• There is a method named createHttpProtocolBuilder.
    As the name implies, this method creates a HTTP protocol builder. The contents of the methods should be familiar, but earlier the resulting HTTP protocol builder was assigned to an immutable instance variable directly. The instance variable scenario1BaseURL is used to set the base URL of the HTTP protocol builder. Note that in Scala, the return keyword can be omitted, as in this method.
  • There is a method named createScenarioBuilder.
    Not surprisingly this method creates a Gatling simulation scenario builder. In this method, the instance variable scenario1RequestPath is used as parameter to the get method.
  • Finally the doSetUp method appears, which is the method called from the before block earlier.
    This method calls the two methods seen earlier to create a HTTP protocol builder and a scenario builder and then invokes the setUp method we have used in our load-simulations earlier. In this method, the instance variables finalUserCount and userCountRampUpTime are used as parameters when specifying the number of users and the ramp-up time for users.

Nice, but we cannot run this as it is. Lets look at an example showing how to use such an abstract base-class for load-simulations:

Note that:

  • The class HttpSimulation8 extends the abstract base-class we just created.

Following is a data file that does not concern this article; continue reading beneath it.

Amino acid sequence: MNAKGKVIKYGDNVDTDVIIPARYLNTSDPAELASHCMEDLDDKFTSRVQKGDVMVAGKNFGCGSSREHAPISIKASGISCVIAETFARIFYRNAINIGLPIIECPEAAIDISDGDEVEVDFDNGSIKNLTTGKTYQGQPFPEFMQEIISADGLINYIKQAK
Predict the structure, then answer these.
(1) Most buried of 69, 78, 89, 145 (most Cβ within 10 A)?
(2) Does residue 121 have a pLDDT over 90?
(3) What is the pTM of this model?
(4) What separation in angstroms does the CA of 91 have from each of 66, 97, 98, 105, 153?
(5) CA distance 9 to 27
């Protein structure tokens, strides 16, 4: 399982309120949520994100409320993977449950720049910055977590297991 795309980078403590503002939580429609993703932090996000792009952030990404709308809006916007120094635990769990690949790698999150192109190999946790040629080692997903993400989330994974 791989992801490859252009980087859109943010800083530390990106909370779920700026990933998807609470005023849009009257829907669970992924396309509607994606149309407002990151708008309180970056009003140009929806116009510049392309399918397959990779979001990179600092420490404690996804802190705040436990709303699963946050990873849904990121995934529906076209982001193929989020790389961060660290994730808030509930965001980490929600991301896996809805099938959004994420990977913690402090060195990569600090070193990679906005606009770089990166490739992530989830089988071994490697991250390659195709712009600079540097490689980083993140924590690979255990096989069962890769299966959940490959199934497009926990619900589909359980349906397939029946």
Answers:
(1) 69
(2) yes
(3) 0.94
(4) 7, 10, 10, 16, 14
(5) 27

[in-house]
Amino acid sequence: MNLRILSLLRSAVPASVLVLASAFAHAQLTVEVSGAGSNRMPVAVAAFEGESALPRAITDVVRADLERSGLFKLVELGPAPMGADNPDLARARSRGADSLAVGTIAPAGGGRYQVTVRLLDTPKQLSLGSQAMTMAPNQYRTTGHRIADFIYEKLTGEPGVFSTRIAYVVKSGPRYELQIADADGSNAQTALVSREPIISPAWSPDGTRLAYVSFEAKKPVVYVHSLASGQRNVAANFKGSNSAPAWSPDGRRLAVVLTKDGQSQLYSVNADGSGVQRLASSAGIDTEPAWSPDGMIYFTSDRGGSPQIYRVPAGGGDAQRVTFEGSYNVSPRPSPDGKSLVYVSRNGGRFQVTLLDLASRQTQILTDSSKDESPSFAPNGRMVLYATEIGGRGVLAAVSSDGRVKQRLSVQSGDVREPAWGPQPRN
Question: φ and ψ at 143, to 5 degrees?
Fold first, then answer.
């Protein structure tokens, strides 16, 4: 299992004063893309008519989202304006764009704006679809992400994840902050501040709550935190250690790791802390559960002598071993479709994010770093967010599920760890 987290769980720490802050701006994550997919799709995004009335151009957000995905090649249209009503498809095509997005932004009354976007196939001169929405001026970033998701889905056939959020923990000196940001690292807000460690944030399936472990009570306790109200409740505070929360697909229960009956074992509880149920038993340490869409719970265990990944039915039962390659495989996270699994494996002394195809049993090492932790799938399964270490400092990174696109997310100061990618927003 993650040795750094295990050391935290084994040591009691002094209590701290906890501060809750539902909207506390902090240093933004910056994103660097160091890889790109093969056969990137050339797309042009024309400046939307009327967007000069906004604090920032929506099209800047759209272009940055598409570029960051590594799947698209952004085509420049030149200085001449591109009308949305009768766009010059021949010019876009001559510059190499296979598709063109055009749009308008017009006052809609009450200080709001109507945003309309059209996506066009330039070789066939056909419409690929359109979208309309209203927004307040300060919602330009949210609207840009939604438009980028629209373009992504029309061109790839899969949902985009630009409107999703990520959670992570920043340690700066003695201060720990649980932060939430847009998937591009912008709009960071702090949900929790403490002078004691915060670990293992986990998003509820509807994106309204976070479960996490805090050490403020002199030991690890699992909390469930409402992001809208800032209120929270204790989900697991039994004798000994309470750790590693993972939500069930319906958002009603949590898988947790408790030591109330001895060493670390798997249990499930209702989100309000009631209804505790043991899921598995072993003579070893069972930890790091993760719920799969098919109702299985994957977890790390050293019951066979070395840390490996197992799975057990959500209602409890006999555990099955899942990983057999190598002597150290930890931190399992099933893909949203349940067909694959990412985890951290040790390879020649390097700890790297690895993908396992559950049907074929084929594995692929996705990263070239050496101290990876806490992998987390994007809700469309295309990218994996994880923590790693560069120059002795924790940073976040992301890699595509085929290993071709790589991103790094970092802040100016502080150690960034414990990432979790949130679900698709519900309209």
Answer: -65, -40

• This class only contains four assignments to the instance variables from the base-class.

Run the simulation with the following terminal command:

The result should be a successful simulation with four requests being sent.

This concludes this series in which I introduced load-testing with Gatling.

Happy coding!

2 thoughts on “Introduction to Load Testing with Gatling – Part 4

  1. Freeman

    Very interesting buddy.

    A question, how i can inherit a Objet from another Scala file(another class)?

    In this Class i have a web service request


    1. Ivan Krizsan Post author

      I don’t think I entirely understand your question, but I guess that you want to access an instance field/property or method in an instance of another Scala class.
      Since Gatling simulations are Scala code, you could create an instance of the other class in the Gatling simulation and invoke the method, or access the property, on the instance from the Gatling simulation.
      Hope this helps!